Gardening: The Natural-Non-toxic Garden

My essay for the Spring 2013 issue of edibleWASATCH centers on gardening in the chemical age. It is an argument to keep toxic chemicals out of the ecological garden.

Here are the concluding paragraphs from that piece.

"In terms of dealing with the novel chemical environment that increasingly affects our landscapes, neighborhoods, work places, homes, and bodies, my advice is to avoid any unnecessary, avoidable exposure. In industrialized countries, we have immersed ourselves in a chemical milieu with which we have had very little biological experience and essentially no evolutionary experience. We cannot wishfully adapt to tolerate exposures to toxic substances. And we, as a population, can't immediately breed fast enough to adapt genetically."

"In some ways, it's choosing for ourselves and our families not to be test animals. The experience we have had in the past 68 years is alarming enough to justify exercising some commonsense skepticism. In the face of possible risk and with insufficient information about that risk, avoid the risk. Avoid the dangerous, the expensive,and the uncertain, especially if safe, economical, and certain methods are available."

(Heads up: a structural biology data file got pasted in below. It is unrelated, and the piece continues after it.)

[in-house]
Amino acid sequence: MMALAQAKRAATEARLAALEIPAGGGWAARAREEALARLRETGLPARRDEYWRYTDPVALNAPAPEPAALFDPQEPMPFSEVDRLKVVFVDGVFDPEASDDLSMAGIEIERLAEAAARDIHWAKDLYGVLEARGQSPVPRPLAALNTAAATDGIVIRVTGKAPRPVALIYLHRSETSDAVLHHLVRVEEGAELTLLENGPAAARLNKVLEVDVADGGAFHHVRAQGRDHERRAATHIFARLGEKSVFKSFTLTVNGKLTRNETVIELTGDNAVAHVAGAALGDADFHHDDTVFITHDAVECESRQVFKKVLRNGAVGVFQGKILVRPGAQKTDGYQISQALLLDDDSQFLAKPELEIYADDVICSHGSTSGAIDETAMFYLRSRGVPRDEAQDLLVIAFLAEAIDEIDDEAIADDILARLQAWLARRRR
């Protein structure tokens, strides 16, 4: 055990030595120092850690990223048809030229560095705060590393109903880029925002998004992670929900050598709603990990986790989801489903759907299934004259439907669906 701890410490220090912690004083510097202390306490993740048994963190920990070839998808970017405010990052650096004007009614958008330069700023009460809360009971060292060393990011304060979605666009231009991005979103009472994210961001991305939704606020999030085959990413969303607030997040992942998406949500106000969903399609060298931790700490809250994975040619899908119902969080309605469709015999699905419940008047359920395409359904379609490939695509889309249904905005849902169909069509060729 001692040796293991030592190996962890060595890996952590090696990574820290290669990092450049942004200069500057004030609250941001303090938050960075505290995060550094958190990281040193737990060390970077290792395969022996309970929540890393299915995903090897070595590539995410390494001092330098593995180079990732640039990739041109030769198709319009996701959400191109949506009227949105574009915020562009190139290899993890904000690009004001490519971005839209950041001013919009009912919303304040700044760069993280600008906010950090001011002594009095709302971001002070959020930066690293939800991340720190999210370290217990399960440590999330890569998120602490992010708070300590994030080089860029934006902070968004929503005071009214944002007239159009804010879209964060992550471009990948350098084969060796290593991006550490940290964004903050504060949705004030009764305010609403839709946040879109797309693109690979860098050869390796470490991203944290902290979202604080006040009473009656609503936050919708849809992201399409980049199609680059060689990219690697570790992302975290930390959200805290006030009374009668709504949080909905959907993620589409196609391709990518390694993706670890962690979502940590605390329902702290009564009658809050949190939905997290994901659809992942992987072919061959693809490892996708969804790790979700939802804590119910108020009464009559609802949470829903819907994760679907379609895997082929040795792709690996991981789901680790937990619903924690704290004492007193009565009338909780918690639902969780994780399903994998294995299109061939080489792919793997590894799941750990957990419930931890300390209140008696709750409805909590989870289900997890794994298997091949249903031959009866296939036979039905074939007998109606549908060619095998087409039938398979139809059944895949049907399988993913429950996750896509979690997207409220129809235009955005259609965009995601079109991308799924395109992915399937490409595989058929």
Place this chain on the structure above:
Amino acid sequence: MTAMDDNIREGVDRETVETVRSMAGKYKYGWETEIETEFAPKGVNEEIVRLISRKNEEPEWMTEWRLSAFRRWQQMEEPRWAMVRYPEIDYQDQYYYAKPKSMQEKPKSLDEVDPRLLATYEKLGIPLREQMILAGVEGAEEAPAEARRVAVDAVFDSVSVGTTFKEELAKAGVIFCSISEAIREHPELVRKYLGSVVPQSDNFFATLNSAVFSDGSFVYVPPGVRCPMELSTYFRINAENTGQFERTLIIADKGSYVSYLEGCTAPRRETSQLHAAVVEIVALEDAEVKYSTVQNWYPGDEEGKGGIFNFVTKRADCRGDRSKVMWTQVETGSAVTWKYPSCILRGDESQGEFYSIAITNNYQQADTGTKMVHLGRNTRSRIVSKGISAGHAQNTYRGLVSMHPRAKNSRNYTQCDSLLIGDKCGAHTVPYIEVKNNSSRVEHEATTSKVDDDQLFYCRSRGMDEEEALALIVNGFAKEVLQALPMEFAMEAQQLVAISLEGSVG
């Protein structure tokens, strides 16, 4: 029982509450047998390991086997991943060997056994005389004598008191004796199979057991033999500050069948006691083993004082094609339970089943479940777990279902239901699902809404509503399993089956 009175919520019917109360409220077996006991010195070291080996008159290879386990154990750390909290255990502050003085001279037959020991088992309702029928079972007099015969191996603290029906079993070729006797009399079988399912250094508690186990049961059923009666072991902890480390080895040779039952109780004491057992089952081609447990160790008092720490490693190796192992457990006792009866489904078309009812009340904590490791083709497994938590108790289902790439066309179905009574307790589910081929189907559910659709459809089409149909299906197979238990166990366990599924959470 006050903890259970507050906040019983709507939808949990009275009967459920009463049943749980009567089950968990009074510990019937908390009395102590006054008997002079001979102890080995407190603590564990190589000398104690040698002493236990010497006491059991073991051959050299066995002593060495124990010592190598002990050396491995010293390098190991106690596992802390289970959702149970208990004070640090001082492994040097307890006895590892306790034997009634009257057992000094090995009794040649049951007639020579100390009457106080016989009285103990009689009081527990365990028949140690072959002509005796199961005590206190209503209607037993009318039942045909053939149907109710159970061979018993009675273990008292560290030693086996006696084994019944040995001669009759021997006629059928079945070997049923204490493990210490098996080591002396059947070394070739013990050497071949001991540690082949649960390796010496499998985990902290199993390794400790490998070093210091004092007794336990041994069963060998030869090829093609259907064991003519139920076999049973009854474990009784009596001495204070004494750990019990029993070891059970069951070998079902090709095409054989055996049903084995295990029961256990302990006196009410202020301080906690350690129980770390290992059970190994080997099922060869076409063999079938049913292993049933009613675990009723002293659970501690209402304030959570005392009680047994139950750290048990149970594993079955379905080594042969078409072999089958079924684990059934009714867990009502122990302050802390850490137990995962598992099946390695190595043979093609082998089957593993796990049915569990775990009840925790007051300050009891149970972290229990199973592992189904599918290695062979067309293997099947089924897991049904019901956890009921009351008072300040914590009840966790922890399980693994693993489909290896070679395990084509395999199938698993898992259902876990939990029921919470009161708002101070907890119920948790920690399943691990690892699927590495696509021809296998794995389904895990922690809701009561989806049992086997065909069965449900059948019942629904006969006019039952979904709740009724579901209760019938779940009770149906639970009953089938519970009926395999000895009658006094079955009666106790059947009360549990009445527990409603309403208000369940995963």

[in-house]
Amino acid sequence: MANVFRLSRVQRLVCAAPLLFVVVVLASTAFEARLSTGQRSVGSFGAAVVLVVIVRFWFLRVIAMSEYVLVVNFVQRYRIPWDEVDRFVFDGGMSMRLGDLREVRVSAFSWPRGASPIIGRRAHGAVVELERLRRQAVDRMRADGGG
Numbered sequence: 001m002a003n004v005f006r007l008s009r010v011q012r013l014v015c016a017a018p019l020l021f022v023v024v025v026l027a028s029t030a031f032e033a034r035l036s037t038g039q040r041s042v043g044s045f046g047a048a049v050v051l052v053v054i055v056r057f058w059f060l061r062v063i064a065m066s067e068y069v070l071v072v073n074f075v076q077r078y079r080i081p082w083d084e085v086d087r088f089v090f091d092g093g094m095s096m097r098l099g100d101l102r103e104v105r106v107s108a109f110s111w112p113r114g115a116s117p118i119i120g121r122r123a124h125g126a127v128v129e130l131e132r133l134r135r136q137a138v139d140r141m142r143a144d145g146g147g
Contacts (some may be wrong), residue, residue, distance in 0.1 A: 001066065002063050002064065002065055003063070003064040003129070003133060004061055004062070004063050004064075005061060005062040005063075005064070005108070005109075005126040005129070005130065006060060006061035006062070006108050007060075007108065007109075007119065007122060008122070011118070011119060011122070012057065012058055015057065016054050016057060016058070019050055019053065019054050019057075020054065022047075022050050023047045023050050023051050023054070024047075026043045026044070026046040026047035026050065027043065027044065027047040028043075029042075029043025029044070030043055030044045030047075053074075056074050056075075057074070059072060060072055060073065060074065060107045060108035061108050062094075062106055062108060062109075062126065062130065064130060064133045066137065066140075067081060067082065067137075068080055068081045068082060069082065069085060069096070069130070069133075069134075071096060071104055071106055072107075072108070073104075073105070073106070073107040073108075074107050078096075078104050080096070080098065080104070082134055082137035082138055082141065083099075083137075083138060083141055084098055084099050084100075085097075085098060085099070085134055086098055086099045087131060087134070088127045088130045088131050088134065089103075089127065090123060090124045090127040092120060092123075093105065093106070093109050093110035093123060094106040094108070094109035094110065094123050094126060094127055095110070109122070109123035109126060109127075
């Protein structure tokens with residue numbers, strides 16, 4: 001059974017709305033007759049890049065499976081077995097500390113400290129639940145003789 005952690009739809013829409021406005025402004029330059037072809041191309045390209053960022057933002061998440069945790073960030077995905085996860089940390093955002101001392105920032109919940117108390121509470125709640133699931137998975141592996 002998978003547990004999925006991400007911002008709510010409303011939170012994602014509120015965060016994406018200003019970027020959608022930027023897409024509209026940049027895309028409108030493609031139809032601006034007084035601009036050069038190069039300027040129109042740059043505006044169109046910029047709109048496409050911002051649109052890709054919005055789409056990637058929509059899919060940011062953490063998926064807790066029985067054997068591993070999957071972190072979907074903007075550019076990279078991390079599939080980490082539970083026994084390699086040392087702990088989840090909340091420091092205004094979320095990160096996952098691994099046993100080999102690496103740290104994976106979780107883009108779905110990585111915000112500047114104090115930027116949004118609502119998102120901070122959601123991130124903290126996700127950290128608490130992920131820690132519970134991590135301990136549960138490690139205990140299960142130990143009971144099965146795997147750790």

"Take responsibility for your food. Grow as much as you can, and grow it organically. Make your natural, safe and non-toxic garden the foundation of your approach to health."

The section immediately below is from Gardening: An Ecological Approach where I briefly describe a dozen ecological concepts as they apply to gardening. The Edible Wasatch essay expands on this "no toxics" concept.

The "no toxics chemicals" concept, excerpted from Gardening: An Ecological Approach. © Fred Montague

The "no toxics chemicals" concept, excerpted from Gardening: An Ecological Approach. © Fred Montague